Friends of the Earth Europe
NEW REPORT: GM CROPS STILL NOT PERFORMING
Brussels, 8 January 2007 ? A new report to be released tomorrow shows that
genetically modified (GM) crops have failed to address the main challenges
facing farmers in most countries of the world, and more than 70% of large
scale GM planting is still limited to two countries (U.S. and Argentina).
The new report, 'Who Benefits from GM crops? An analysis of the global
performance of genetically modified (GM) crops 1996-2006'  also notes
that the 'second generation' GM farm crops with attractive 'traits' long
promised by the industry has failed to appear.
"No GM crop on the market today offers benefits to the consumer in terms of
quality or price, and to date these crops have done nothing to alleviate
hunger or poverty in Africa or elsewhere," said Nnimmo Bassey of Friends of
the Earth Africa in Nigeria.
"The great majority of GM crops cultivated today are used as high-priced
animal feed to supply rich nations with meat," he added.
According to the report, GM crops commercialized today have on the whole
increased rather than decreased pesticide use, and do not yield more than
conventional varieties. The environment has not benefited, and GM crops will
become increasingly unsustainable over the medium to long term.
In Europe, the report acknowledges a small increase in cultivation of GM
maize (up to approximately 1% of all maize production) but highlights strong
continued opposition to GM crops in the European Union and an increase in
the number of European regions declaring themselves GM Free.
Adrian Bebb of Friends of the Earth Europe said: "The widespread opposition
to genetically modified crops and foods in Europe continues to restrict the
growing of these unwanted and unneeded crops. Consumers and farmers can see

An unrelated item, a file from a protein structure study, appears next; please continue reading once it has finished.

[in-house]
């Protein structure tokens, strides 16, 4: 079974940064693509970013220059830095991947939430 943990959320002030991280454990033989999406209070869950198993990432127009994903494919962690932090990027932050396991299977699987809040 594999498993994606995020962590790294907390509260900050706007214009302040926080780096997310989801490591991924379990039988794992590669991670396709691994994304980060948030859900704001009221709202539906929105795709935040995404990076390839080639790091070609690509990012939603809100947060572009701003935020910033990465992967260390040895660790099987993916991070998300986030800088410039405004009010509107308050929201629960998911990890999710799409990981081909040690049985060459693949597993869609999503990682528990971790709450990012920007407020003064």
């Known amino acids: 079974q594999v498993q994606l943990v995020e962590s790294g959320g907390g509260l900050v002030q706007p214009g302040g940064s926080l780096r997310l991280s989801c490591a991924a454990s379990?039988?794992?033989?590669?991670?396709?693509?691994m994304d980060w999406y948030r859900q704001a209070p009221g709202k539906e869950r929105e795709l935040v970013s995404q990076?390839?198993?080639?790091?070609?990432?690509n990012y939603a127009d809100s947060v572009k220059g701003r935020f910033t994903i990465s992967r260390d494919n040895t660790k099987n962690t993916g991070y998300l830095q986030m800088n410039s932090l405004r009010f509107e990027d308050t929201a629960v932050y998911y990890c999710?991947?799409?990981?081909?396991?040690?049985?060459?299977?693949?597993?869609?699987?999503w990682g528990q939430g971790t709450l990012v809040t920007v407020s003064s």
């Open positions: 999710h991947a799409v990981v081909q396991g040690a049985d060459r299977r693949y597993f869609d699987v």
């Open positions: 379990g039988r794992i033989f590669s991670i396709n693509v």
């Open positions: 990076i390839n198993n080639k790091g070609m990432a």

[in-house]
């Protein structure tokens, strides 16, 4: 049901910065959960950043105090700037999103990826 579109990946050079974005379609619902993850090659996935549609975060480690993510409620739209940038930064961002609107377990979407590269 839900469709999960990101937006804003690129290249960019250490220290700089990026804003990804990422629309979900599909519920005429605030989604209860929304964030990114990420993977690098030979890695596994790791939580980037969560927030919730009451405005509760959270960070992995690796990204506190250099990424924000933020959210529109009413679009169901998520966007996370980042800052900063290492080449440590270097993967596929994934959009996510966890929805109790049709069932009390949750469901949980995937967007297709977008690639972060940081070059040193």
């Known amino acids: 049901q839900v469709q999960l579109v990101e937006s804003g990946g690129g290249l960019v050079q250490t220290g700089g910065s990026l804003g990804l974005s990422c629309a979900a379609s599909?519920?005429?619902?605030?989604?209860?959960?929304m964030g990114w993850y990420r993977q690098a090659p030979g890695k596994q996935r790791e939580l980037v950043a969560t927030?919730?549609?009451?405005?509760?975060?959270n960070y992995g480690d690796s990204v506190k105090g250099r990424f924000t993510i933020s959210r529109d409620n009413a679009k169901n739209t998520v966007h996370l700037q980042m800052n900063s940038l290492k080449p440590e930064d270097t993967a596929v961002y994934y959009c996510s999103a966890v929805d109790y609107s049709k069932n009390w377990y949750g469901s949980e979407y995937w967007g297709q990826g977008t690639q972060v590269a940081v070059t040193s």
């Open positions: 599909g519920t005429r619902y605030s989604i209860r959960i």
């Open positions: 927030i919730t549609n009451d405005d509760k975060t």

that they offer no added value and only additional environmental and health
The Friends of the Earth International report launch coincides with the
annual release of the "Global Status of Commercialized Biotech" report of
the industry-sponsored International Service for the Acquisition of
Agri-biotech Applications (ISAAA) -which promotes GM crops as a key solution
to hunger and poverty. The GM crops industry continues to misleadingly claim
that GM crops play a role in solving world hunger.
2006 A BAD YEAR FOR GM CROPS
+ In 2006 the US Department of Agriculture, a chief proponent of GM crops,
for the first time acknowledged that GM crop yields are not greater than
those of conventional crops, and a compelling number of studies by
independent scientists demonstrate that GM crop yields are lower than, or at
best equivalent to, yields from non-GM varieties.
+ In 2006 due to a soybean sector crisis and lower yields in Brazil and
Paraguay, Monsanto had to scale down its expectations in both countries. The
company was forced to publicly announce in Paraguay a reduction in the
royalties they demanded from soy producers. The Ministry of Environment in
Paraguay detected higher losses in Roundup Ready soy yields than in the
conventional varieties, verifying that the GM varieties were highly
sensitive to drought.
+ In the last decade cotton production has declined in the majority of
countries that have adopted GM cotton like Mexico, Argentina, Colombia,
South Africa and Australia, and significant drops in GM cotton production
specifically are forecasted in 2006 for South Africa and Mexico.
+ In 2006 a European Union-wide survey of public views reconfirmed the
European public?s opposition to GM food.
+ In 2006 the rice food supply on four continents was contaminated with an
illegal GM rice supposedly field-tested only until 2001, proving once again
the inability or unwillingness of the biotech industry to control its
FOR MORE INFORMATION CONTACT:
In Africa: Nnimmo Bassey, Friends of the Earth Africa
Tel: +234 8037274395 (mobile) or +234 52602680 (office)
In Asia: Nizam Mahshar, Friends of the Earth Malaysia
In Europe: Adrian Bebb, Friends of the Earth Europe
In South America: Karen Nansen, Friends of the Earth Uruguay,
Tel: +598 99 524 003
NOTES TO EDITORS:
 The executive summary of the report is available at
link to www.foei.org
The full report is available for media upon request from the contacts above
or from firstname.lastname@example.org
A three-page 'Highlights of the report' is available at:
link to www.foei.org